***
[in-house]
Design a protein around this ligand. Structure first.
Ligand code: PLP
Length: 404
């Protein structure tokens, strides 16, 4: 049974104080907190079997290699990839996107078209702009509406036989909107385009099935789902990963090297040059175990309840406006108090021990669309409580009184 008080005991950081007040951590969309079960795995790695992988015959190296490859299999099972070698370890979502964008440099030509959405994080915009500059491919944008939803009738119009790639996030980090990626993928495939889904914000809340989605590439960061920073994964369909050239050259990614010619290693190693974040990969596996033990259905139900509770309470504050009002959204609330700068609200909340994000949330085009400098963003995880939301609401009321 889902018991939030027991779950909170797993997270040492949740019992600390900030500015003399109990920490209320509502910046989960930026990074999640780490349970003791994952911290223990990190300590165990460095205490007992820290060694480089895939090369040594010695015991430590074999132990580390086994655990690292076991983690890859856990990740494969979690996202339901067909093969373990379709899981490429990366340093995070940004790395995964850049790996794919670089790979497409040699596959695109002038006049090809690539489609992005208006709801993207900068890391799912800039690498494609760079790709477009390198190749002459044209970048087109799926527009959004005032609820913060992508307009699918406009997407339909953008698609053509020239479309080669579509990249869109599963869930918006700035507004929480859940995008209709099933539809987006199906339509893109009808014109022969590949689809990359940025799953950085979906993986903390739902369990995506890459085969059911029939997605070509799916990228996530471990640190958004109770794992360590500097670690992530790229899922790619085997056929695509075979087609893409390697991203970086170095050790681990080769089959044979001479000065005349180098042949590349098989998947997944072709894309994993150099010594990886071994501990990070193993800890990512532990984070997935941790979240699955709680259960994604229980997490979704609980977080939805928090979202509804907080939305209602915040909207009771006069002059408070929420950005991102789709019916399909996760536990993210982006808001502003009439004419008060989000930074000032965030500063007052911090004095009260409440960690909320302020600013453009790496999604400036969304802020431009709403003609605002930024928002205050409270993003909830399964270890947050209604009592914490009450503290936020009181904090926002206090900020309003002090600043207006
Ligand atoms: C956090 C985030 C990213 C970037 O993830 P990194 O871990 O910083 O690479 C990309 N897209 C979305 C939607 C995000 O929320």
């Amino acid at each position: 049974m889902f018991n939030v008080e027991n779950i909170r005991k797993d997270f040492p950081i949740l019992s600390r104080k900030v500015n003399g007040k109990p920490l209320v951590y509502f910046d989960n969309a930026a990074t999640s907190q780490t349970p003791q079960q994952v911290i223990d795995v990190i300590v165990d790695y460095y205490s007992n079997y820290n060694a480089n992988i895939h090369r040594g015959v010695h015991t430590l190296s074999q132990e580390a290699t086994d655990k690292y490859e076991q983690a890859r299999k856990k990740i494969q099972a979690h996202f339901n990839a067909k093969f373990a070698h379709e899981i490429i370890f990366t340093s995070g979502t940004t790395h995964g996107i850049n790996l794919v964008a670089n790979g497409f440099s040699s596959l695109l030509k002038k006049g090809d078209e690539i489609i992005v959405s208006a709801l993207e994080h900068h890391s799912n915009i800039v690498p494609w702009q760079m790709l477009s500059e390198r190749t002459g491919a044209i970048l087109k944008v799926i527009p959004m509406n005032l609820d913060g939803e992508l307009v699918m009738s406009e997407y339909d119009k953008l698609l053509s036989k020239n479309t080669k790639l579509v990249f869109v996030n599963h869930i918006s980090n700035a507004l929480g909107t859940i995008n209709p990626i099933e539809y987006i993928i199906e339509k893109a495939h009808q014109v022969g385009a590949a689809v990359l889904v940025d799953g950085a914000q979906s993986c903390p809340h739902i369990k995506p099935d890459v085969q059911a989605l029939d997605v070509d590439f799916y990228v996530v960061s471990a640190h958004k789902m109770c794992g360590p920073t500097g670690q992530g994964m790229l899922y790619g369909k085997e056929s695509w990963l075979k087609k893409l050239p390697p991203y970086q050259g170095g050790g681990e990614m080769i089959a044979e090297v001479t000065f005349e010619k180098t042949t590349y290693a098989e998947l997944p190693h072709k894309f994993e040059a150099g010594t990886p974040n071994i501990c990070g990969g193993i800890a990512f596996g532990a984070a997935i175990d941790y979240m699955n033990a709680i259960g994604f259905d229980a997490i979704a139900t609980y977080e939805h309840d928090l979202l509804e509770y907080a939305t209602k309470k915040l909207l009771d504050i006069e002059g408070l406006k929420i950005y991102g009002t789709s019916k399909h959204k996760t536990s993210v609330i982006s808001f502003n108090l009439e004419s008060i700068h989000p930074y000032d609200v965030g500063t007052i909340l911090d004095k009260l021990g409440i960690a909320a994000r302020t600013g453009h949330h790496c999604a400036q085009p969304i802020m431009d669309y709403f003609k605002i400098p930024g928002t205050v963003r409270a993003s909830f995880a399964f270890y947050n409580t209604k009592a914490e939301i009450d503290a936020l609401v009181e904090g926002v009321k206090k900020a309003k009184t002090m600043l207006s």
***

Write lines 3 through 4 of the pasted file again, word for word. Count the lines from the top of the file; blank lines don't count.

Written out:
Ligand code: PLP
Length: 404